I was, and I felt a lot of guilt for it. Almost all the questions at Toronto were about why I didn't do this and why I didn't do that. Some people you know see this family as our country, still dealing with the murder of Rabin in 1994. I started the script way back in the beginning with a scene of Rabin's assassination so I can relate to that very strongly. My country is an orphaned country right now--lacking a leader--and we have to go through our own process of grief and searching to get to where we have to be going.
The aesthetic of your family dynamics reminded me of something that Mike Leigh would do.
That's a great compliment--Leigh is an incredibly important influence on me and I was very conscience of trying to emulate his sensibility. As a film student it was a revelation to see how Leigh worked. Before I knew that I wanted to be a filmmaker though, around when I was sixteen and moved out of my mother's house--she had a new boyfriend and I couldn't be there anymore--I was living alone but I had a VCR with a tape of Ordinary People. I must have seen the film more than thirty, forty times--I knew the dialogue by heart, so when I came to make my first film, that was the first film that jumped into my head. I wanted to make people feel the way that I felt, at the age of sixteen, when I saw Ordinary People.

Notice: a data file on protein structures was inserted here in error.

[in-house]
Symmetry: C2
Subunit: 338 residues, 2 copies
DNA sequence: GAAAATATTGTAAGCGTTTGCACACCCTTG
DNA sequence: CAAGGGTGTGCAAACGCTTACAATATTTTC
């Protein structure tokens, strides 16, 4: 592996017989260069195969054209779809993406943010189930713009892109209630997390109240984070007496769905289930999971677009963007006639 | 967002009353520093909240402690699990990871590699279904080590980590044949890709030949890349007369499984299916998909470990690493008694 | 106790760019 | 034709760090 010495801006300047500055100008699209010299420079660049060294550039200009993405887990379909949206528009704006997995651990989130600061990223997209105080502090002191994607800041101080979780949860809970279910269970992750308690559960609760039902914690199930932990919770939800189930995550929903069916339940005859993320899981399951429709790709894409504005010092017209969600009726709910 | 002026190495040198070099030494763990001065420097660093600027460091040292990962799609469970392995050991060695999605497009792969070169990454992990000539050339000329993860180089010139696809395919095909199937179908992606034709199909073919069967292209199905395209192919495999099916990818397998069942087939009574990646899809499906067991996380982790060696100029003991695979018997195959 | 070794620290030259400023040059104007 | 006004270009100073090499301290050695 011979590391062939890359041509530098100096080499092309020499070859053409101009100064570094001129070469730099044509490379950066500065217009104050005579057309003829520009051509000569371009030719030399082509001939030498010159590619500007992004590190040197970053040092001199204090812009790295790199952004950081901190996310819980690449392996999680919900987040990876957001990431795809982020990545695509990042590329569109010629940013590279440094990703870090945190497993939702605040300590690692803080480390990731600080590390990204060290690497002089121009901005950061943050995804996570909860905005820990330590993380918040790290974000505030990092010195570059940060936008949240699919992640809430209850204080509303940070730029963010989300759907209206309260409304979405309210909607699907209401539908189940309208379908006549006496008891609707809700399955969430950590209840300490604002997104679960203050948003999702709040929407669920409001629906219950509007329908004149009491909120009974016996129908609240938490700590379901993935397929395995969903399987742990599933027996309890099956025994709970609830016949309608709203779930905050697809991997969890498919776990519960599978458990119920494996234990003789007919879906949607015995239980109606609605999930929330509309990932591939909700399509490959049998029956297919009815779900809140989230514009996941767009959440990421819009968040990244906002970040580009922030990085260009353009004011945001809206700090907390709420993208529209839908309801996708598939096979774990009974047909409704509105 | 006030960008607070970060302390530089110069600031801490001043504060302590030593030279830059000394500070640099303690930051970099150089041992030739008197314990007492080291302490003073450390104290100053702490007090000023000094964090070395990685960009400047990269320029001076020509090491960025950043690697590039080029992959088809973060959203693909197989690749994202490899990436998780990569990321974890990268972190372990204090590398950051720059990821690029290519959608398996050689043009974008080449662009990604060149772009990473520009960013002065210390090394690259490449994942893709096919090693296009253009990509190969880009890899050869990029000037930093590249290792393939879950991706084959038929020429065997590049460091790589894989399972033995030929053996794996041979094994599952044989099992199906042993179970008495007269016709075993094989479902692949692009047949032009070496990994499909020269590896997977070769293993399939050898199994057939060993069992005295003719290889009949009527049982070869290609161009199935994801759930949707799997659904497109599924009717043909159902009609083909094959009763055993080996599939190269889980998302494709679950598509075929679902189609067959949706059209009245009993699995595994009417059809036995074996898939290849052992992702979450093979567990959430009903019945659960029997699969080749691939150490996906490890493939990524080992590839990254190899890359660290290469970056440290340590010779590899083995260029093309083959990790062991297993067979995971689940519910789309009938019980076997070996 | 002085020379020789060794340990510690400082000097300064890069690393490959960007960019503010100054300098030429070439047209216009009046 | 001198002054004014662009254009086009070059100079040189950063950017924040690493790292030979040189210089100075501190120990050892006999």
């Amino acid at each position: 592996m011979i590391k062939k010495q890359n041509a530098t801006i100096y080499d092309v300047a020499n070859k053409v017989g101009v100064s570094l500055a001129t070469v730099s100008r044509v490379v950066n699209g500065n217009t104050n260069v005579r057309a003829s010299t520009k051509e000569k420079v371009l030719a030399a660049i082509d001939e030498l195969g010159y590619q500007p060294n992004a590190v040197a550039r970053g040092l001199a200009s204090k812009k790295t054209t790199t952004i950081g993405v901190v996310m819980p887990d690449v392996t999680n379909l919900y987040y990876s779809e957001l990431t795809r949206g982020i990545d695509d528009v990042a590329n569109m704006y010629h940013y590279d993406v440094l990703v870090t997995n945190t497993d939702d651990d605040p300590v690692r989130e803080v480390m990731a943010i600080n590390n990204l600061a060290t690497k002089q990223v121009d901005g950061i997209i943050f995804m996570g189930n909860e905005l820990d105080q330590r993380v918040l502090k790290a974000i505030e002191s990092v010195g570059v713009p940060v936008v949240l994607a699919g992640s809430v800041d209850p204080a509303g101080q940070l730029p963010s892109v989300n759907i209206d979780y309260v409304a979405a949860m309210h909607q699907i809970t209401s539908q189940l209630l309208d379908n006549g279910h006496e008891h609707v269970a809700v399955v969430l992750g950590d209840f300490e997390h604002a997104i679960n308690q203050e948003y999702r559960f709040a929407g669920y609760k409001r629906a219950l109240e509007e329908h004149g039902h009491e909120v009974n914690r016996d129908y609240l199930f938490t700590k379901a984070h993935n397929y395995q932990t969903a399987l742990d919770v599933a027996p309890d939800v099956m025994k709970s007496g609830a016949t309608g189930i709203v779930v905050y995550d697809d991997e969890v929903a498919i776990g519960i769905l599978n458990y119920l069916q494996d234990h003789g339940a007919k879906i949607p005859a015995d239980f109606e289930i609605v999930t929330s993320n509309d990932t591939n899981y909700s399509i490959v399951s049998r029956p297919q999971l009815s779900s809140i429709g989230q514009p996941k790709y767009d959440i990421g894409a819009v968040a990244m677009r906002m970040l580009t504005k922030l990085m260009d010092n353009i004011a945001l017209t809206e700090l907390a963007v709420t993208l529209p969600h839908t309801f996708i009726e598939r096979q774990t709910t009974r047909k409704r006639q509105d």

I think it helps if you're sixteen.
(laughs) I'm sure you're right.
The thing that's different from your film and Redford's is that yours resists the "emotional narration" of a Judd Hirsch shrink archetype.
When you see Ordinary People today, you see the contrivances and the psychologist is one of them. It was good for when it came out, of course, because at that time it was a new thing to go into therapy--the mother is ashamed of her son for going into a therapist--but things have changed, everybody has a shrink on the speed dial now.
Dressing Yair in a mouse suit is a complicated image.
Yeah--I wanted a mask. From the first draft he was wearing a mask as he passed out his political flyers. Initially he was an alien, reflecting his relationship to the world. But that wasn't quite the right image for me, almost too literal and not, what's the word, pathetic? Pathetic enough, and as we went through more and more drafts, it became clearer that the philosophies that moved Yair weren't alien so much as a song of the oppressed. A mouse stuck in his maze. He's separated from his pain and it's easier to hide behind a mask, that much was obvious, but as I was scouting locations I found this tunnel in Haifa and it came on me in a flash. He's in these tunnels and he can't escape them back into life, a mouse, and that image made his dialogue that much clearer to me.
The obvious comparison is between you and Yair, but the younger brother, the filmmaker, strikes me as almost the better likeness.
There's no question that there are elements of me in both--in the whole family, really. The younger brother, what he does is try to rejoin the dead father and, in that way, glue the family back together. What we'd see as suicide attempts, he sees as acts of altruism--and he films it all, shooting through a camera as a means to distance himself but also a way to replace his memories with the videos that he takes. You don't have to remember it if film is remembering it for you.